As a rule, denial is a really terrible life-saving strategy, no matter how popular it might be.

Yesterday, I drove past a house party in my neighborhood: thirty or so people crammed into and spilling out of a home; grabbing drinks from coolers and playing corn hole and watching TV on a porch. No social distancing, no careful precautions, and not a mask in sight. It was a scene in every way indistinguishable from one a year ago or even four months ago.

And that’s the problem. It should look different.

It isn’t some day in the near or distant past. It is this moment; one that has been preceded by so much grief, by such collective sacrifice, by so much personal loss. It is this moment in a season of suffering that has decimated our economy, disrupted our normal, altered our plans, and killed well over a hundred thousand people.

These things have happened—and they are still happening, which is the point.

This is a dire global disaster that we are in the devastating middle of, not blissfully emerging from—despite what people who benefit financially or politically from the latter might want you to believe.

Many states in this country (most stewarded by governors beholden to this president and needing the narrative he is perpetuating to be true), have thrown caution and science and sense to the infected wind, and made a decision to fight this ruthless, merciless, murderous health crisis—by simply ignoring it. Even as the new cases and hospitalizations spike sharply, they are doubling down on turning their heads.

Warmer weather, willful ignorance, contempt for science, mistrust of media, sycophantic idolatry, and a coming election are creating a perfect storm of reckless disregard for humanity—and it seems to be a decidedly American affliction.

Surveying the planet right now, other nations aren’t acting like this. We aren’t seeing armed protests against further restrictions, and violent refusals to wear masks at the grocery store, and coffeeshop rants against beleaguered employees enforcing distancing rules—and we aren’t seeing national leaders choosing to combat a catastrophic public health emergency with the strategy of an annoyed five-year-old: to tightly close their eyes, plug their ears, and shout “Nah, nah, nah, nah, I-am-not- listening-to-you!” This is seemingly the sole intellectual property of the Land of the Free and the Home of the Brave. I suppose that’s what happens when fierce individualism eclipses interdependent community.

Hey, America—you know you can’t just wish away a pandemic, right?

You can’t simply will it out of existence or trick it into sparing you with positive thinking, or decide that like an angry bee, if you just ignore it, it won’t bother you.

You can’t distract it with nationalistic fervor or fool it with partisan talk shows or make it swoon with patriotic songs or drown it in a relentless wave of all-caps tweets declaring it a defeated foe. That will not cut it.

Viruses have no respect for your bravado, hold no regard for your politics, don’t give a damn about your religious affiliation, and aren’t interested in your slick conspiracy videos dismissing them.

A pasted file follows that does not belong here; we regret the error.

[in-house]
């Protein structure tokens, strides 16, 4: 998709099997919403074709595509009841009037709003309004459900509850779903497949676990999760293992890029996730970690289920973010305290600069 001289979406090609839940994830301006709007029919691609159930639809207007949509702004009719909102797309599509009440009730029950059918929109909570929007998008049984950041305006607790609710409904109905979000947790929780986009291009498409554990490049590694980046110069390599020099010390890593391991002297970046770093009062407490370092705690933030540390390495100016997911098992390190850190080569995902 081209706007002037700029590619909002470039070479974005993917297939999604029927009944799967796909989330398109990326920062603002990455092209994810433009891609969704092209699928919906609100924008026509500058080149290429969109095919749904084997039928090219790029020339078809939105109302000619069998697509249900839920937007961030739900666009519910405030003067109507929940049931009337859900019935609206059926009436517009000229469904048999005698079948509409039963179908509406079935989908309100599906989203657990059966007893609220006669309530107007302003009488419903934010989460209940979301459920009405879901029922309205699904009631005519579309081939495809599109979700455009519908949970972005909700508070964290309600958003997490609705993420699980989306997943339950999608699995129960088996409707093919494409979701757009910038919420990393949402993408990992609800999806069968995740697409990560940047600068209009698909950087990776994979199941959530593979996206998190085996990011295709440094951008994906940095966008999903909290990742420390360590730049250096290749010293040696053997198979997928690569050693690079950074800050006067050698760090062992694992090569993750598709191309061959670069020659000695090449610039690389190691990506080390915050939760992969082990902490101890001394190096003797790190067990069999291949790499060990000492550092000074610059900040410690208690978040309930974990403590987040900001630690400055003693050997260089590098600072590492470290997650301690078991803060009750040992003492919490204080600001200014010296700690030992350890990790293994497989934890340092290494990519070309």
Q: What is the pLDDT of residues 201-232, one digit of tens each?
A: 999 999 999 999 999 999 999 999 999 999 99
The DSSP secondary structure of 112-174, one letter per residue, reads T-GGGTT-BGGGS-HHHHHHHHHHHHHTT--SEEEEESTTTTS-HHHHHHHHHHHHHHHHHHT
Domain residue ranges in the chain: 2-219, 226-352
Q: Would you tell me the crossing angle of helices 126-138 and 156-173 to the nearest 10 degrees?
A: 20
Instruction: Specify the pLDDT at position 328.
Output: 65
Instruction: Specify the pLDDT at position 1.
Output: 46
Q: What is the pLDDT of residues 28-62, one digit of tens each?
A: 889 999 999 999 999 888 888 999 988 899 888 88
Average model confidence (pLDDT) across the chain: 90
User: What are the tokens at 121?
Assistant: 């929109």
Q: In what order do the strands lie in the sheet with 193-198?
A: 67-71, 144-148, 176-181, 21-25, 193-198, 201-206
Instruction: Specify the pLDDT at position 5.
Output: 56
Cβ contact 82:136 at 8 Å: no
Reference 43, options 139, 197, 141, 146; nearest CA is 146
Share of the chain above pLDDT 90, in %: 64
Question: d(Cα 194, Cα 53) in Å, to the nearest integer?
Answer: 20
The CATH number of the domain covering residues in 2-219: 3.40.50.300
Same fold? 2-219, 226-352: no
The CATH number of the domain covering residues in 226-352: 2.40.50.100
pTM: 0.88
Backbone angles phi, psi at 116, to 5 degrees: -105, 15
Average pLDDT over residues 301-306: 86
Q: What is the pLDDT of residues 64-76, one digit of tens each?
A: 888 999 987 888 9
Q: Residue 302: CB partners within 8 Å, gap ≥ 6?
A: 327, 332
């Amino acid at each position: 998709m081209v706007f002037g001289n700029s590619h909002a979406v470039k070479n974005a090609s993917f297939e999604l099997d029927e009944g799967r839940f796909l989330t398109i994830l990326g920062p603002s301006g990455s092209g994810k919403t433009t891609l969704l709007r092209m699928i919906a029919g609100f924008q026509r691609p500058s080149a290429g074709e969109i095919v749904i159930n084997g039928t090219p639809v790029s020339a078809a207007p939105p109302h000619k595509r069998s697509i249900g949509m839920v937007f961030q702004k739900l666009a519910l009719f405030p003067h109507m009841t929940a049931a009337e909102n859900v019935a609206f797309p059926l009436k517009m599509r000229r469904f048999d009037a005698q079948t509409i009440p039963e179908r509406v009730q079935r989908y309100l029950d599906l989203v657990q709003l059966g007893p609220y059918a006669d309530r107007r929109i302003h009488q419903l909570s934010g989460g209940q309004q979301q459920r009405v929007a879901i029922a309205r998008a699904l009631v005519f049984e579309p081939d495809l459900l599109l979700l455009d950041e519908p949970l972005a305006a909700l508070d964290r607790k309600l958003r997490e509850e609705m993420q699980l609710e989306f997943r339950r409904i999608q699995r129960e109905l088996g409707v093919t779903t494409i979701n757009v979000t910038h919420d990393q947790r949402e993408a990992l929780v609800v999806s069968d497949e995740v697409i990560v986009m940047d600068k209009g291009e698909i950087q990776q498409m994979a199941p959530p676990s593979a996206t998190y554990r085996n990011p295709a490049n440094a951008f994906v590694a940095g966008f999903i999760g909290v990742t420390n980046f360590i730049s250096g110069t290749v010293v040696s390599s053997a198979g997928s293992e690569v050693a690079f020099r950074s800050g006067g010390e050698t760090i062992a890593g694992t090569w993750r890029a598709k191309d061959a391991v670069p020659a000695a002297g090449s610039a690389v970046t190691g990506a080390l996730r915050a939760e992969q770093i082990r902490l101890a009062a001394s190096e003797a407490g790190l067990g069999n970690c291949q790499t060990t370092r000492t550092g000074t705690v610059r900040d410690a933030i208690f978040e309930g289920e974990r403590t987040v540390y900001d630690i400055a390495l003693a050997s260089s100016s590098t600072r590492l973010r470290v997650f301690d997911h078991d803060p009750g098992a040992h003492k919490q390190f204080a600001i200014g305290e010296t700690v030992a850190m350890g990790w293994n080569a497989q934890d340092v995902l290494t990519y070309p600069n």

They will attack you without favoritism and you won’t have a say in it.

And when that happens, your strategy of wishful thinking will fail you.

When you are being internally ravaged by a vicious intruder with no obstacles to you, you’ll want something more than willful ignorance to defend you.

When people you love are gravely ill, you won’t be able to simply pretend they aren’t lying in a hospital room, unable to take the next breath without a machine forcing their brutalized lungs to expand and contract.

You won’t be able to wish them alive once their bodies lose the battle to function.

Your politics and your arrogance won’t keep you from planning a premature funeral for them simply because the task is unpleasant.

I wonder if it will be worth it then: if that searing loss and the permanent separation and the scar tissue on your lungs and the empty chairs, will have been worth the tapas you had today or the house party you went to for a few hours or the political rally you attended one afternoon.

I wonder if your strident, middle finger politics now will be a consolation then, when you realize that he is not going to help you.

I wonder, if you one day end up with a front-row seat to the heartbreaking truth of this pandemic, if you’ll try to wish that away too.

Maybe respecting and confronting reality right now will save you from needing to escape it later.

Maybe you should wear a mask, sacrifice for someone else along with the rest of us, and stop complaining about the greatest public health threat of our lifetimes just because you’re lucky enough not to be planning a funeral right now.

To borrow your party line: Pandemics don’t care about your feelings.


John Pavlovitz is a writer, pastor, and activist from Wake Forest, North Carolina. A 25-year veteran in the trenches of local church ministry, John is committed to equality, diversity, and justice—both inside and outside faith communities. When not actively working for a more compassionate planet, John enjoys spending time with his family, exercising, cooking, and having time in nature. He is the author of A Bigger Table, Hope and Other Superpowers, and Low.

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